Marigolds are a super-plant and the greatest companion. They attract pollinators and natural predators that deal with pests, exude a chemical that fights harmful nematodes, and look stunning at the same time.
Their colorful heads pair well with red, yellow, and white roses, but pink roses and orange marigolds are a great hit as well.
And if you’ve got more marigolds than can fit in your rose garden, plant some in your vegetable patch. They’ll love it there!
Sage originates from the Mediterranean, just like lavender, so it needs well-draining, slightly dry, and moderately fertile soil to thrive.
This contrasts with roses’ requirements for a nutrient-rich substrate. Therefore, you should plant sage and roses in different flower beds or containers.
However, sage has many benefits for roses that would be a shame to miss out on. It may help reduce the risk of mildew and blackspot and attract pollinators.
Pair this combo with some other companion plants for sage, and you will get a fragrant eye-capturing garden.
11. Shasta Daisies
Shasta daisies are an all-time classic, so there’s no reason why they shouldn’t get along with another traditional garden dweller – roses.
The simplicity of white daisy flowers pairs well with any rose color and the combination will attract many pollinators.
Just like roses, shasta daisies love full sun conditions with excellent drainage and are fairly easy to care for as long as you meet these requirements.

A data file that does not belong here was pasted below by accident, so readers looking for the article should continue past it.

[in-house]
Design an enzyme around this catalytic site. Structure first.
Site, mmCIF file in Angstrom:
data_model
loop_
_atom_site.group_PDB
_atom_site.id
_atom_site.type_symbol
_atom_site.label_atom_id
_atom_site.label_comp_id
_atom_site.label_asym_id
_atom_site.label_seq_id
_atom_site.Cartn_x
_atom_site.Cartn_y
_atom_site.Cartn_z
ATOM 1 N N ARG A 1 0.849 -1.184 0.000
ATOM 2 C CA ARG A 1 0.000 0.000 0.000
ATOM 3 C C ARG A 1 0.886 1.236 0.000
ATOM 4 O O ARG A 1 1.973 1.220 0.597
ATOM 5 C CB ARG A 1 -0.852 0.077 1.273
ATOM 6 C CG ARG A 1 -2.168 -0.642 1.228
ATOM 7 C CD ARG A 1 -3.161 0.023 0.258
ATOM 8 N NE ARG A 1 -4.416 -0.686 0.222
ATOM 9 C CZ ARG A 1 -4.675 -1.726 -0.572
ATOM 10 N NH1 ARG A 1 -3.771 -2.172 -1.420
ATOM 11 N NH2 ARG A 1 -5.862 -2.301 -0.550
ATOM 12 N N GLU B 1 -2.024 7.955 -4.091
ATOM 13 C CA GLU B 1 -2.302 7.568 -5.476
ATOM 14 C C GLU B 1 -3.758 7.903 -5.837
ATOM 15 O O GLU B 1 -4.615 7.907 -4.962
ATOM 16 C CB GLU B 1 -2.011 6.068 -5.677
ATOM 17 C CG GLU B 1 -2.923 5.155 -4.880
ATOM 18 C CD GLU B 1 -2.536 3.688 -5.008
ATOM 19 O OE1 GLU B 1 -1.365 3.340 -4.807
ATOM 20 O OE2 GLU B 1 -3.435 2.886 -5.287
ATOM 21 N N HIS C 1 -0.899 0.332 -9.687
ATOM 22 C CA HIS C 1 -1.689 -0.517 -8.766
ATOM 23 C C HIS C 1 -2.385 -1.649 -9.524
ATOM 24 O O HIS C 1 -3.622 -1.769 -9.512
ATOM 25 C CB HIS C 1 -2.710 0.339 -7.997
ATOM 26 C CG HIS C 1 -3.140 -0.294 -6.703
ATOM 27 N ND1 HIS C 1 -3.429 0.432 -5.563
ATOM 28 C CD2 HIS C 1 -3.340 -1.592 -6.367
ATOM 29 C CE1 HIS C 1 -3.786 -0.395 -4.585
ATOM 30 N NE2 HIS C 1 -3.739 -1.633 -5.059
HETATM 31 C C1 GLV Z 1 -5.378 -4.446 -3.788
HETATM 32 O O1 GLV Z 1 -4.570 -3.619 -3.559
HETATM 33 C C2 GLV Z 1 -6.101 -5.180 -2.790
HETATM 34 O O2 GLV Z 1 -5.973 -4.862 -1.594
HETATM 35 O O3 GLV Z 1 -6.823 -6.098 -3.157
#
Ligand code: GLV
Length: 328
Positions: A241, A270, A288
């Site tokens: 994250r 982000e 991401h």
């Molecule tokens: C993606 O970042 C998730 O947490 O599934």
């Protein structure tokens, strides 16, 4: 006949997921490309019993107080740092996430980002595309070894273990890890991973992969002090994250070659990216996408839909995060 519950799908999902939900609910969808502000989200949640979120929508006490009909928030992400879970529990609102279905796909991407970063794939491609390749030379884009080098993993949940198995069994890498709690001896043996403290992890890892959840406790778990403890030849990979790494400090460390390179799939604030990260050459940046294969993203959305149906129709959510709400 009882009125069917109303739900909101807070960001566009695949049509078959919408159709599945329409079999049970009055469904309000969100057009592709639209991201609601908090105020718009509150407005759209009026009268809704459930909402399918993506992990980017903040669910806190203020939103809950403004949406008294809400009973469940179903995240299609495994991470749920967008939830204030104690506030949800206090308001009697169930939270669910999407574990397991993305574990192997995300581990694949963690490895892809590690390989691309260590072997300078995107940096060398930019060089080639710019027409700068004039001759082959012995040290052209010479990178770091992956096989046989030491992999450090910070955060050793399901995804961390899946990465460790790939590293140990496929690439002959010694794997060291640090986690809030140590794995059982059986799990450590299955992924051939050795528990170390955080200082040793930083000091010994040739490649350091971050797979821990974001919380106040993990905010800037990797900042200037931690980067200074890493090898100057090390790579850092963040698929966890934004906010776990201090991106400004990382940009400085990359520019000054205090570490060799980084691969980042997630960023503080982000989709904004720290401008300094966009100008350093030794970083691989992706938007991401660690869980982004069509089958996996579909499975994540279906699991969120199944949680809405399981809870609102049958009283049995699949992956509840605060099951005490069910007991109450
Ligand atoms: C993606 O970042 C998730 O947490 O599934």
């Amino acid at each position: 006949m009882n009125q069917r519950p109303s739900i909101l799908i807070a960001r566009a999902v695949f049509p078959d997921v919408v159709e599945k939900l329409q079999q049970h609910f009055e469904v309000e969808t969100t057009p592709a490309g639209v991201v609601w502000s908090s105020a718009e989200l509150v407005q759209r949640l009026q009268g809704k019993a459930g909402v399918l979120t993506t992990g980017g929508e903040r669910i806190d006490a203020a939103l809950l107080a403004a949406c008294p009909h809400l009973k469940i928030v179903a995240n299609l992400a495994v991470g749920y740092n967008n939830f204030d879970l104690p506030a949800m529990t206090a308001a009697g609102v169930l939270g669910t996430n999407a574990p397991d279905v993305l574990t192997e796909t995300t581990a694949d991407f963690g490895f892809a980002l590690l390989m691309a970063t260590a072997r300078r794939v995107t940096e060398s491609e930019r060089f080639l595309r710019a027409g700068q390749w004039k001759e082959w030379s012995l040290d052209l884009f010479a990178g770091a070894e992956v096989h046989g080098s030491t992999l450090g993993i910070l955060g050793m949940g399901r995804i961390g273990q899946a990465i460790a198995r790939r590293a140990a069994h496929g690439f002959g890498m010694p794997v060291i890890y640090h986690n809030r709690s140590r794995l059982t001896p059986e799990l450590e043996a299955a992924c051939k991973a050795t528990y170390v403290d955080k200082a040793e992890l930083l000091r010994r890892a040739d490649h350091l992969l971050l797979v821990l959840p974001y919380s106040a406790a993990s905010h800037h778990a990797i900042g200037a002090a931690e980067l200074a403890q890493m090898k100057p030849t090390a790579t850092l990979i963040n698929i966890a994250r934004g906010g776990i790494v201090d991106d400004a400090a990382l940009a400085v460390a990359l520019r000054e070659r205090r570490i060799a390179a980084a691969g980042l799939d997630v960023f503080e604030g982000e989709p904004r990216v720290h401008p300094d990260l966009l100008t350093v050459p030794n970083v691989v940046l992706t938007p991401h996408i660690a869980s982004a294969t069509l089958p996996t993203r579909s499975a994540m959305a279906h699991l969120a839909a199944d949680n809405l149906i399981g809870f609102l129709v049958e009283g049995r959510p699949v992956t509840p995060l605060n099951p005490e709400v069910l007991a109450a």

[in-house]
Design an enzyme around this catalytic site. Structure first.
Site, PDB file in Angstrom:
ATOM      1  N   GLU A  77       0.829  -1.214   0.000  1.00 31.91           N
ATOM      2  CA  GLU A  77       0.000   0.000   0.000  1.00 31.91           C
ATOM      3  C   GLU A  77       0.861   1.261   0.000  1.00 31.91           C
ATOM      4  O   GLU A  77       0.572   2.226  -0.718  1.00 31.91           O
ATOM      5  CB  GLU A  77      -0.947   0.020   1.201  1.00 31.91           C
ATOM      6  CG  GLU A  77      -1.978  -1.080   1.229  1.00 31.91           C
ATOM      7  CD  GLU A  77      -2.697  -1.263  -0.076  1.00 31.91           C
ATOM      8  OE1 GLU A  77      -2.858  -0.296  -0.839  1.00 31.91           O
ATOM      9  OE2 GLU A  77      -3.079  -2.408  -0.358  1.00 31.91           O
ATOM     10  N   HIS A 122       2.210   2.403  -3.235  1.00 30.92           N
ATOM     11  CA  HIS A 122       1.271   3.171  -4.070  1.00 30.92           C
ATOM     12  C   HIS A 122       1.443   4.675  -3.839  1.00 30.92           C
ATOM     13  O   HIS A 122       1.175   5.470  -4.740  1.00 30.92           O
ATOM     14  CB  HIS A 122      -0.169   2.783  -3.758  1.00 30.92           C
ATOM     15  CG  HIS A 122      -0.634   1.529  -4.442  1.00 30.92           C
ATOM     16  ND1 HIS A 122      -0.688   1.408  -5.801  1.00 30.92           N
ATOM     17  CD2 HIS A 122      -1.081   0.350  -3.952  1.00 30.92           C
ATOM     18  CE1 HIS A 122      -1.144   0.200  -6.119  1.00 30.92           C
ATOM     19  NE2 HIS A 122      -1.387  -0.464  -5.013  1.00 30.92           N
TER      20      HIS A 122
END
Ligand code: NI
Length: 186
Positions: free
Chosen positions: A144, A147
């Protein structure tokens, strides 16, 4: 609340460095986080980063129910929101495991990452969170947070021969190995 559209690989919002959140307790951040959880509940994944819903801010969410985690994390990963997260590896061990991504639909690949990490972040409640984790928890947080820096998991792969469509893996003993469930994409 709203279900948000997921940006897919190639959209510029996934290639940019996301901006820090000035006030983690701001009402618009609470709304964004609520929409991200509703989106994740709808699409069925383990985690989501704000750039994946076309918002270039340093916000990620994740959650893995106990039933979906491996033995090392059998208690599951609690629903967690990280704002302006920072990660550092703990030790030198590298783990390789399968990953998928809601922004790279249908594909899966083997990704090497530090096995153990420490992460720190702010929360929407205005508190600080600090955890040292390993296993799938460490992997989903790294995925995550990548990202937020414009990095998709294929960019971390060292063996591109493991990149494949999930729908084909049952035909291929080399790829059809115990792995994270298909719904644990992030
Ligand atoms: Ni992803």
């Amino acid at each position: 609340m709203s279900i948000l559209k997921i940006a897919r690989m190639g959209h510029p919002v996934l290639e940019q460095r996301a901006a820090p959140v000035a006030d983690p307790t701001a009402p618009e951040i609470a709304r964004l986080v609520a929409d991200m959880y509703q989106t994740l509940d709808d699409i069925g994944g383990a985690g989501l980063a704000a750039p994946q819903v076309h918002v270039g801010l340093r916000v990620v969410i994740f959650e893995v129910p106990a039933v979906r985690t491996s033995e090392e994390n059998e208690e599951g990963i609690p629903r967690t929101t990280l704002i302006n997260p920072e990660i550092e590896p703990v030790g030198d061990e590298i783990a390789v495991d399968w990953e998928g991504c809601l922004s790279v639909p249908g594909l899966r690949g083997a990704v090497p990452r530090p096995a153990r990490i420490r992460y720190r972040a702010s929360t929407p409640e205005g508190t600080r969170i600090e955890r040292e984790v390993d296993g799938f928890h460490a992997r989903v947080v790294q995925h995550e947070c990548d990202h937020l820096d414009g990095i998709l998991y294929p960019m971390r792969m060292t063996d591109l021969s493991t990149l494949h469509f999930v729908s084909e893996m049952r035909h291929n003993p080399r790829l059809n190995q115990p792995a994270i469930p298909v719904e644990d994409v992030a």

Orange and brick-red blossoms of wallflower are all it takes to make your white or crimson roses shine.
But they have another advantage. Wallflowers contain cardenolides which repel plant-eating creatures. (2)
Therefore, your roses will be safe from deer and rabbits year round, and you’ll get a lovely landscape throughout the season.
What Not To Plant Near Roses
Roses grow well with numerous flowers, but not every plant is a suitable companion for them.
For instance, you shouldn’t grow irises, wild petunias, and bunchberries near roses because they thrive in moist soils.
Fuchsia, toad lilies, and leopard plants are also bad options because these plants flourish in shaded locations whereas roses require full sun for the best results.
There are also highly fragrant plants that repel insects away from themselves and toward nearby species, such as roses. These include mint, citrus trees, hot peppers, and cedar.
Also, mint can get invasive, so it’s not the best rose companion because of this growth habit.
More About Roses And Their Companions
I know we’ve all wondered whether it’s possible to grow roses below trees to accommodate one of their companions, or whether you can grow them with veggies.
Here you can find answers to your common questions regarding rose companion planting.
Growing Roses Under Trees